Henninger: Time to take a close look

Henninger: Time to take a close look

By: Ed Henninger

As I’ve been working with various press associations recently, I’ve added another service: one-on-one design evaluations for those who bring in copies of their newspapers.
One association director told me that those who were part of the evaluation process said “…you gave them a lot of ideas on things they need to work on to make the product better. So they’re apparently accepting that challenge.”

I am delighted to hear that—especially the part about “accepting the challenge.”

My evaluations are not pat-you-on-the-back-and-tell-you-what-a-great-job-you’re-doing sessions. I like to think I’m tough but fair. And honest. And frank. Most of all, I like to look at a newspaper as a reader would…and ask the same questions and make the same comments a reader might.

Sometimes, that can be a bit disappointing for the person whose paper I’m reviewing. I can’t be concerned about that. I’m there to help, not hype. I want to offer an honest assessment of that paper’s design, the way I see it.

When I go through that process, there are some basics I look for. It might work for you to do the same with your editors and designers.

The top nameplate gives your newspaper a sense of authority and credibility. The bottom nameplate? Uhhh…not so much.

The top nameplate gives your newspaper a sense of authority and credibility. The bottom nameplate? Uhhh…not so much.

Here are things I focus on:

TEXT: Is it large enough to be read comfortably, without being too large? Is it set in a legible typeface and used in a readable fashion?
Is it aligned to a baseline grid?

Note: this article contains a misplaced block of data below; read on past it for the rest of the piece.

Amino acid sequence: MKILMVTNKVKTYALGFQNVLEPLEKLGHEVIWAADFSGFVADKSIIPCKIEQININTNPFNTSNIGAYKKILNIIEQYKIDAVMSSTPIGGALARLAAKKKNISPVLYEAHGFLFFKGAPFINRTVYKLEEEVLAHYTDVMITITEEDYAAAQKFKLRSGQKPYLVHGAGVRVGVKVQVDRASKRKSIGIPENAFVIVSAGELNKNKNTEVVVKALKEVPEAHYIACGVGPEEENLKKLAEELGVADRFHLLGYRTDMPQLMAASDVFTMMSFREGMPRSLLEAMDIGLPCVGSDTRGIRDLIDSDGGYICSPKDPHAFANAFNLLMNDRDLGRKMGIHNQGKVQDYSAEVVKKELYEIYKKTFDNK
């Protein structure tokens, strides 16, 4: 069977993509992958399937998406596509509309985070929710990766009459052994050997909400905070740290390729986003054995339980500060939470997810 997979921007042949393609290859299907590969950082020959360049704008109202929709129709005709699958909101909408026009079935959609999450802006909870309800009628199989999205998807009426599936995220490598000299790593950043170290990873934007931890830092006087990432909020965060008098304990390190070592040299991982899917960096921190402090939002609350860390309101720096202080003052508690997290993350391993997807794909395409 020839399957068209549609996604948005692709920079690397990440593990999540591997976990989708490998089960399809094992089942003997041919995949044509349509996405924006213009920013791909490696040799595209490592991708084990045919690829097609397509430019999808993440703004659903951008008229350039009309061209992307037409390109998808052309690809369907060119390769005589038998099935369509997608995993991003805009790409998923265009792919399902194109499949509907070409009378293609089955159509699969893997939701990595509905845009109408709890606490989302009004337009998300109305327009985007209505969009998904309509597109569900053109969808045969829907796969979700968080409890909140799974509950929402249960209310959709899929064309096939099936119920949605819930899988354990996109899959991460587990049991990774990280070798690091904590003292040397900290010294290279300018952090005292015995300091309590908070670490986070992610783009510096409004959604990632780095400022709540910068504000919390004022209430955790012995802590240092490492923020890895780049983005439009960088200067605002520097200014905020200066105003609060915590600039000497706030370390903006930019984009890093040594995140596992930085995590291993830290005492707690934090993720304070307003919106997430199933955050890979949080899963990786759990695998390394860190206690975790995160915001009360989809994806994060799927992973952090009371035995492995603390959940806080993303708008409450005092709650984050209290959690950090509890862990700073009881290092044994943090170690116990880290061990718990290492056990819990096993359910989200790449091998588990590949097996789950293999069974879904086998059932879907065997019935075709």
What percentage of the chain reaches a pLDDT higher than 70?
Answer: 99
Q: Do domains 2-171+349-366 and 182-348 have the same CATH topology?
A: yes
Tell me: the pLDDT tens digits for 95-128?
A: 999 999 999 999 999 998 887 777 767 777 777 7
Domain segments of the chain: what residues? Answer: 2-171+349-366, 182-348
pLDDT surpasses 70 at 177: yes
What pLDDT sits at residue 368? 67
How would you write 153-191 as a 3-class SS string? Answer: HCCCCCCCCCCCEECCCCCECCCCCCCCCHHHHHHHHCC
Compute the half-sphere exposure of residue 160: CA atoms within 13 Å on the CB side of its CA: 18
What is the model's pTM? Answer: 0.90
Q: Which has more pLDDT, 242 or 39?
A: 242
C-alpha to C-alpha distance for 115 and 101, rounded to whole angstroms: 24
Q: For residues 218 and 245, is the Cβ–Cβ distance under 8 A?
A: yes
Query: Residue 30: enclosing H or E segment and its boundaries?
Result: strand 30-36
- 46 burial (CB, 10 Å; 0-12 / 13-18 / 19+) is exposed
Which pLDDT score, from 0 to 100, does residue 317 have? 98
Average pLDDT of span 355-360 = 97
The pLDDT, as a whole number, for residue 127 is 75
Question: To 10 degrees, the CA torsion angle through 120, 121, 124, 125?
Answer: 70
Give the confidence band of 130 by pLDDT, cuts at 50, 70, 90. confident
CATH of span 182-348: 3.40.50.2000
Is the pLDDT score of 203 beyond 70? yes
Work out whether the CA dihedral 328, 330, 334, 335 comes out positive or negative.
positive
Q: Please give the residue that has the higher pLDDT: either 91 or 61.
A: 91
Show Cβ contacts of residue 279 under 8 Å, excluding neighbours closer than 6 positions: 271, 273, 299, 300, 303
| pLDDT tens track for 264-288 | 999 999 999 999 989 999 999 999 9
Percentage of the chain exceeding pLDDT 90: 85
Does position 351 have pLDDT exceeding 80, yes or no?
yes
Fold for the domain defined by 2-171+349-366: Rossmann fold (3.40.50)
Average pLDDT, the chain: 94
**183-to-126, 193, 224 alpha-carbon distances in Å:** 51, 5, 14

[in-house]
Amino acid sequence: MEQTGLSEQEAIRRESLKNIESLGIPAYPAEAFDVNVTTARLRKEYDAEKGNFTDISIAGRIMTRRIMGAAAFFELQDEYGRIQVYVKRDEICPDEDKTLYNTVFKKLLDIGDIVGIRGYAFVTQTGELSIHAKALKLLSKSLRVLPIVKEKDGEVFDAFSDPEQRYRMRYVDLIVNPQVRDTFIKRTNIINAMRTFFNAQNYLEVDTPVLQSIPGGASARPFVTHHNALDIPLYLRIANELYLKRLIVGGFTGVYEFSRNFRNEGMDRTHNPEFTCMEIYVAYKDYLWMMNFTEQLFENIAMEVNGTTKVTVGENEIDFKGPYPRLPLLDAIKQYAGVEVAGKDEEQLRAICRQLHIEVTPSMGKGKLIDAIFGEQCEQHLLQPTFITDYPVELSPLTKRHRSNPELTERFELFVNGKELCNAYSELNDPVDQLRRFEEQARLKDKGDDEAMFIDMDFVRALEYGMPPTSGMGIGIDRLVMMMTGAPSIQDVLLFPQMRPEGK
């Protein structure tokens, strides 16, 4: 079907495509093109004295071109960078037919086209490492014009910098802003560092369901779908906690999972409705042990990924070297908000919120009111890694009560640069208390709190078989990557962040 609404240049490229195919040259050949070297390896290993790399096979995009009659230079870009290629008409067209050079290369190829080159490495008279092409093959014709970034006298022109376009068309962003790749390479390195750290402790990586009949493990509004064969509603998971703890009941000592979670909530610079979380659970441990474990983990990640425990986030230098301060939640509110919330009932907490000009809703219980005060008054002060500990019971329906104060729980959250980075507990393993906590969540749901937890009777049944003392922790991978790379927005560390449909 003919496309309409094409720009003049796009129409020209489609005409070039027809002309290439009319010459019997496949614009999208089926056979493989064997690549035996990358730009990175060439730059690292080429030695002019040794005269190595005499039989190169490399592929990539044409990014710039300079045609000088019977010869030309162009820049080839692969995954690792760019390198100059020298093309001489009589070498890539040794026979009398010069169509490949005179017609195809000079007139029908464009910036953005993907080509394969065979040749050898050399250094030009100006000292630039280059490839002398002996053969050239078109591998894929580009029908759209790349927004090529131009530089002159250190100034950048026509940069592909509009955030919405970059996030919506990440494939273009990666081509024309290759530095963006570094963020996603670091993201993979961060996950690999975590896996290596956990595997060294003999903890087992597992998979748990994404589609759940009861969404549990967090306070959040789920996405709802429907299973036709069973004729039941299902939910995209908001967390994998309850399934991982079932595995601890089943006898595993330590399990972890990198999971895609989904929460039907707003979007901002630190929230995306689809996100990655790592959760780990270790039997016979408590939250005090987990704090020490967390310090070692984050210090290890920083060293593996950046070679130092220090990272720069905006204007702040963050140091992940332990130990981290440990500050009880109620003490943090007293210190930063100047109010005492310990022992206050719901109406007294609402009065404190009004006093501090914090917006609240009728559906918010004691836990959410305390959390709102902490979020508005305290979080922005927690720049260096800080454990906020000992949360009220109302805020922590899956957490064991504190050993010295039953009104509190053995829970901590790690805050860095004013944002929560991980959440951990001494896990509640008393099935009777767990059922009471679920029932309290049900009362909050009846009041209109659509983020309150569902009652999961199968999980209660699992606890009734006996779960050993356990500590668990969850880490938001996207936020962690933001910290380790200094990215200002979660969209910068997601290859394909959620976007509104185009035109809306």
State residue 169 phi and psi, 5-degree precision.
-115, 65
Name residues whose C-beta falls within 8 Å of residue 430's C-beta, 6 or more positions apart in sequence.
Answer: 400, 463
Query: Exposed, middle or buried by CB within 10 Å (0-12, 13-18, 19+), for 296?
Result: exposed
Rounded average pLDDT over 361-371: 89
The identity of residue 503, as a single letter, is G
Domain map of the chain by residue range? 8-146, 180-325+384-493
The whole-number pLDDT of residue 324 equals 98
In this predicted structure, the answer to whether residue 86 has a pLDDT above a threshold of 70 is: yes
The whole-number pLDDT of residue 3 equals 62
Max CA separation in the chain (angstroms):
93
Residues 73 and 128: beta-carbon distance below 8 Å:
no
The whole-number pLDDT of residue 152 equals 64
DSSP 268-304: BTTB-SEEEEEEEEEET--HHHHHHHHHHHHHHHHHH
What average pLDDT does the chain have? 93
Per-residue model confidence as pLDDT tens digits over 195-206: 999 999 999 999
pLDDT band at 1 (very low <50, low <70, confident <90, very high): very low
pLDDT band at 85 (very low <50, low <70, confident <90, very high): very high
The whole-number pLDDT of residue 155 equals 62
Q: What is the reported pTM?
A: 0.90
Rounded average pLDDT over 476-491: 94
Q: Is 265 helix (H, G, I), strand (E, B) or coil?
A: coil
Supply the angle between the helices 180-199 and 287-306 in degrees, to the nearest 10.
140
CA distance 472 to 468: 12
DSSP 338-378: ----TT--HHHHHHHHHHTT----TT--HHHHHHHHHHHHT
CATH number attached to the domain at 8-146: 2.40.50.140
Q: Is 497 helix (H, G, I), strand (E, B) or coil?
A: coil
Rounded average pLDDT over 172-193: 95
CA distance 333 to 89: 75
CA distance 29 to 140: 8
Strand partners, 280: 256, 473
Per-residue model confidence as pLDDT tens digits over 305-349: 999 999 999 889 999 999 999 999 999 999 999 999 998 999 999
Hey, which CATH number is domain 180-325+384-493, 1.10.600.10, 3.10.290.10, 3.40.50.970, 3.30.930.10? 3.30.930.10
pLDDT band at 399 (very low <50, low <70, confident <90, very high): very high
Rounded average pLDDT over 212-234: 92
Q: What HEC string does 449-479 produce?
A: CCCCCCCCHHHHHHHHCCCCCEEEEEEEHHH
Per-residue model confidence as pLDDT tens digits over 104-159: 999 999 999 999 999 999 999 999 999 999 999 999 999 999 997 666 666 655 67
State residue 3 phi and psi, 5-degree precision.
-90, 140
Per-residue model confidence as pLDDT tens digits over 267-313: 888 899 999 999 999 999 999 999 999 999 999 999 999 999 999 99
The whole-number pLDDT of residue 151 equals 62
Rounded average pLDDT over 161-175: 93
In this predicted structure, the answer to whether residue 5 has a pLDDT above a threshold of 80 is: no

OTHER TEXT: Are you setting lists in a typeface and format that’s different from text? Is it easy to scan? Is it divided into subsets where possible?

HEADLINES: Do your headline fonts appear dated? Is there a good range of bold, italic and regular typefaces? Are some just too small? Are you using good headline hierarchy on the page? Are you sticking to one typeface family or using too many funky fonts?

COLOR: Is it used sparingly and with good purpose, or are you scattering color willy-nilly on your pages? Do you have a signature color and are you using that well?

SPACING: Are you allowing enough space between the separate packages on the page? When a package is special, are you setting it off with enough negative space?

BOXES: Are you still using them? Don’t. Use rules between packages instead. The lighter the rule, the better the look.

CONSISTENCY: Are your basic design elements such as standing heads, column sigs and page labels all set in the same style? There’s no need to make these different. As a matter of fact, a consistent look helps to add credibility to your newspaper.

ORGANIZATION: Does the flow of content make sense, or is some broken up? Example: Does sports begin your B section…and then continue on a jump page behind classifieds? If so, how do you get sports to be a contiguous whole?

THE NAMEPLATE: What does it say about your newspaper? Is it classy…or silly? Is it cast in a typeface that tells your readers their newspaper is credible and careful…or is it too playful? Is it dated…or classical so that it stands the test of time?

Go through your paper soon. Do a design evaluation of your own. Take a hard look and be honest with yourself.

Does your design need work?

Does it look dated?

Does it do everything you want it to do for your readers?

You can answer those questions for yourself…if you take the time to do a thorough evaluation.

WANT A FREE evaluation of your newspaper’s design? Just contact Ed: edh@henningerconsulting.com | 803-327-3322

IF THIS COLUMN has been helpful, you may be interested in Ed’s books: Henninger on Design and 101 Henninger Helpful Hints. With the help of Ed’s books, you’ll immediately have a better idea how to design for your readers. Find out more about Henninger on Design and 101 Henninger Helpful Hintsby visiting Ed’s web site: www.henningerconsulting.com

ED HENNINGER is an independent newspaper consultant and the Director of Henninger Consulting. Offering comprehensive newspaper design services including redesigns, workshops, staff training and evaluations. E-mail: edh@henningerconsulting.com. On the web: henningerconsulting.com. Phone: 803-327-3322.